A work in progress

A work in progress

A new year, and a work in progress—a novel set in 1959 Berlin.

I’m far enough along in the writing process to be able to see the shape of the finished work; so I’m past the point of writerly no return. Sometimes it’s better to walk away from a partial manuscript, when the imagined story somehow isn’t translating to the page. Fortunately, this isn’t one of those times, but I do have some works in progress that are no longer in progress—abandoned when I realized that they were falling short of the storytelling mark.

Leonid_Pasternak_-_The_Passion_of_creation

There is no one way to write fiction. I’m a block writer who works from a very loose outline. After composing blocks of dialogue and scenes, I stitch them together and then begin revising and rewriting. In contrast, sequential writers start at the beginning of a book and work their way methodically to its conclusion.

I’m not wired to write sequentially. Block writing allows me to skip around and make some progress every time I sit down to write. Since the length of the finished novel will be somewhere between 85,000 to 100,000 words, every word composed today means one less that I need to write tomorrow.

After the first draft is complete, I turn to revising. It’s the final write-throughs of a novel that I find to be the hardest part of the process. Nagging questions require answers: Does the narrative flow? Are the characters fully developed? Is the writing—the prose—clear? Is it specific enough? Is the story one I would find worth reading? And then I try not to let the perfect become the enemy of the good—it is possible to spend years rewriting the same book and in all that time no story is being told.

I take inspiration from those time-lapse videos of artists completing their paintings. First, the painter sketches a pencil or charcoal outline on an empty canvas, followed by the application of layer after layer of paint. Watching as a talented artist returns to the same spot on the canvas and alters previous brushstrokes (and in some cases scrapes off some of the existing paint) is a reassuring validation of the revision process I employ.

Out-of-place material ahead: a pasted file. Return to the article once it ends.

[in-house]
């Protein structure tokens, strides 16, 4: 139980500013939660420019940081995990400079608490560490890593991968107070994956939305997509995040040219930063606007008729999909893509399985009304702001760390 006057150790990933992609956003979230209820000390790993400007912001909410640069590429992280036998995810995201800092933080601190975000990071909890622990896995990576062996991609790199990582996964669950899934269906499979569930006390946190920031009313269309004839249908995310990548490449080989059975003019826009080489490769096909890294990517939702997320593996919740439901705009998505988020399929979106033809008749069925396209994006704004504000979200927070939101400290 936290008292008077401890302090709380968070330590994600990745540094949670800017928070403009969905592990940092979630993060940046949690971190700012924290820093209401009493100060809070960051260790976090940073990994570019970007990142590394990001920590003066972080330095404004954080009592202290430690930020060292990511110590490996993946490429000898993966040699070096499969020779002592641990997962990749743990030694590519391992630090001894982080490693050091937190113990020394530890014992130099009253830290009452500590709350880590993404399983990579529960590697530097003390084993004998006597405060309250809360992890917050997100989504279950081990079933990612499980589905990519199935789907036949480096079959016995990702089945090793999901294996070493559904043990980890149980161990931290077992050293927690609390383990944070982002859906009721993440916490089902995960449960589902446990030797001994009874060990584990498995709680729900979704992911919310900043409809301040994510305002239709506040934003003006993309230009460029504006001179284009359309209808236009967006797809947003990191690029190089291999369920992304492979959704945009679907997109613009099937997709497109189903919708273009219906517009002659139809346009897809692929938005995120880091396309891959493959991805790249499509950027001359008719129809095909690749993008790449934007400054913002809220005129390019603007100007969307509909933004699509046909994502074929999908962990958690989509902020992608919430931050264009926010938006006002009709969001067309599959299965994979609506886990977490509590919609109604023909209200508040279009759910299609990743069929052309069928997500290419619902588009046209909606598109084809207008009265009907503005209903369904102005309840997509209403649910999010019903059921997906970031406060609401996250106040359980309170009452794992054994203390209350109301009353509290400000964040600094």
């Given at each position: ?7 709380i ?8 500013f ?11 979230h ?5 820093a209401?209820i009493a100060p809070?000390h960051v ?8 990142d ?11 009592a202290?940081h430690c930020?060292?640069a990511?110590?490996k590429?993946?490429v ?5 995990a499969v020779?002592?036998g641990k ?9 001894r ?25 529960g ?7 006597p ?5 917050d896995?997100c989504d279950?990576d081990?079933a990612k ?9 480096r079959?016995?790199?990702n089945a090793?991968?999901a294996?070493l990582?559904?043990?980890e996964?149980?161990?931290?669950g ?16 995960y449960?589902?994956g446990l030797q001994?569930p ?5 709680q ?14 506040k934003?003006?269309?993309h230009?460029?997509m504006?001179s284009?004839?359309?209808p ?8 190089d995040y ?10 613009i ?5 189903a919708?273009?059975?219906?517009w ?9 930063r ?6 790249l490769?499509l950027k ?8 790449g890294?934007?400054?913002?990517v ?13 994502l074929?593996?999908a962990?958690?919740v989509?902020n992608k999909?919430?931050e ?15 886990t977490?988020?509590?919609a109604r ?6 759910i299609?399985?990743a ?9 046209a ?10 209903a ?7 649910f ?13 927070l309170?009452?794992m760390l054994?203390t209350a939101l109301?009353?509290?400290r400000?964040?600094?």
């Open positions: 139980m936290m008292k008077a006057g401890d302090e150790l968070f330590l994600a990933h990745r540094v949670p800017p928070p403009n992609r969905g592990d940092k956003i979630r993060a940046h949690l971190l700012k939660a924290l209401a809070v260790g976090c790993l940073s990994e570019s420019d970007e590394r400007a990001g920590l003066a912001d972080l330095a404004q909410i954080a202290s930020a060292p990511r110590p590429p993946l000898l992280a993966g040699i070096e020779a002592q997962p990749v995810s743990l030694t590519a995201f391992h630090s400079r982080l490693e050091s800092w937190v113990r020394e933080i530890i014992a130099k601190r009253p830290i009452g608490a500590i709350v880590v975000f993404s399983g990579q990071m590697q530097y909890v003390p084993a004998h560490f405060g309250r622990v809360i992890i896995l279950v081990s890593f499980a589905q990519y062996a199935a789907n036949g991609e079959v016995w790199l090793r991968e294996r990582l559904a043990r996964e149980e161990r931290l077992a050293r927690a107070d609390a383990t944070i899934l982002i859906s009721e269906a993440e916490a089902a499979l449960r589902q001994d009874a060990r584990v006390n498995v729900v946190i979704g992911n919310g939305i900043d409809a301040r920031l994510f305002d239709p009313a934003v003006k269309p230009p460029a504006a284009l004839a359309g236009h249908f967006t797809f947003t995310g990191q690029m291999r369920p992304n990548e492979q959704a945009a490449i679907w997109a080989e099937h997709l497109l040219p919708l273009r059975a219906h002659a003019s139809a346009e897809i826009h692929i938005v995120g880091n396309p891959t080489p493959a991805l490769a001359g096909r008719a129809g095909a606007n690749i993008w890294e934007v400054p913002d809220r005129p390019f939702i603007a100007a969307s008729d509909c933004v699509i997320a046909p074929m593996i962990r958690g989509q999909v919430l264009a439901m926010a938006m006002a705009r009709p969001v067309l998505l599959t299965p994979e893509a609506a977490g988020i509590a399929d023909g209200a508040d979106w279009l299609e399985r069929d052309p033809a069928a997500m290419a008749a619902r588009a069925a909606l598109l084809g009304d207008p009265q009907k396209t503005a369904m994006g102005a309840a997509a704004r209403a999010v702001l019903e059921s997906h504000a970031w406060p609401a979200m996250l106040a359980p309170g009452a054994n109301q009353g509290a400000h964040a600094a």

With any work in progress, I find it useful to focus my energies on step-by-step, day-by-day progress. If I do the work, meet deadlines, and rely on craft (not talent), the story will emerge, a story I trust will be worth telling.


Copyright © 2016 by Jefferson Flanders

The mind of the maker

The mind of the maker

Ernest Hemingway once hit out at critics who had analyzed his Nobel-prize winning The Old Man and the Sea:

“There isn’t any symbolism. The sea is the sea. The old man is an old man. The boy is a boy and the fish is a fish. The shark are all sharks no better and no worse. All the symbolism that people say is shit. What goes beyond is what you see beyond when you know.”

So was Papa right? After all, it can be argued, he wrote the novella. He is the maker, shouldn’t he know what he has put into his own writing? If he wanted the book to be loaded with symbols, he would have, correct? Who better to tell us what the text means?

And yet the insights of Freud and Lacan and others about how stuff in the unconscious can be manifested in unintended ways gives us pause. Some Freudian literary critics have tried viewing the text as the dream (the expression of the unconscious) and comparing it to the author’s biography (looking for links between the two).

When considering how what is in the mind of a writer is translated into the work, there are several layers. There is the personal experiences of the maker, everything that has happened and has been recorded by the mind, that may surface in different ways. Then there are the social and cultural images and ideas that have been implanted.

All of this ends up being transferred from the author to the page–whether or not the author is completely aware of what is happening.

The English author and mystery writer Dorothy Sayers has a marvelous little book, The Mind of the Maker, in which she compares the process of artistic creation with that of God’s relationship to man (through the Trinity). What is in God’s mind (the Word) is made real (in the Son) and is connected to man by the Holy Spirit. What is in the author’s mind (the Word) becomes real (the book or film) and is connected to the reader’s mind by the act of reading or watching.

So despite Hemingway’s protestations, it is very possible that there are deeper meanings in The Old Man and the Sea, some he intended (and is being disingenuous in denying) and others he did not intend.

And once released from the mind of the maker, and connected to the reader, the doctrine of free will suggests that the book takes on a life of its own.


Copyright © 2006 Jefferson Flanders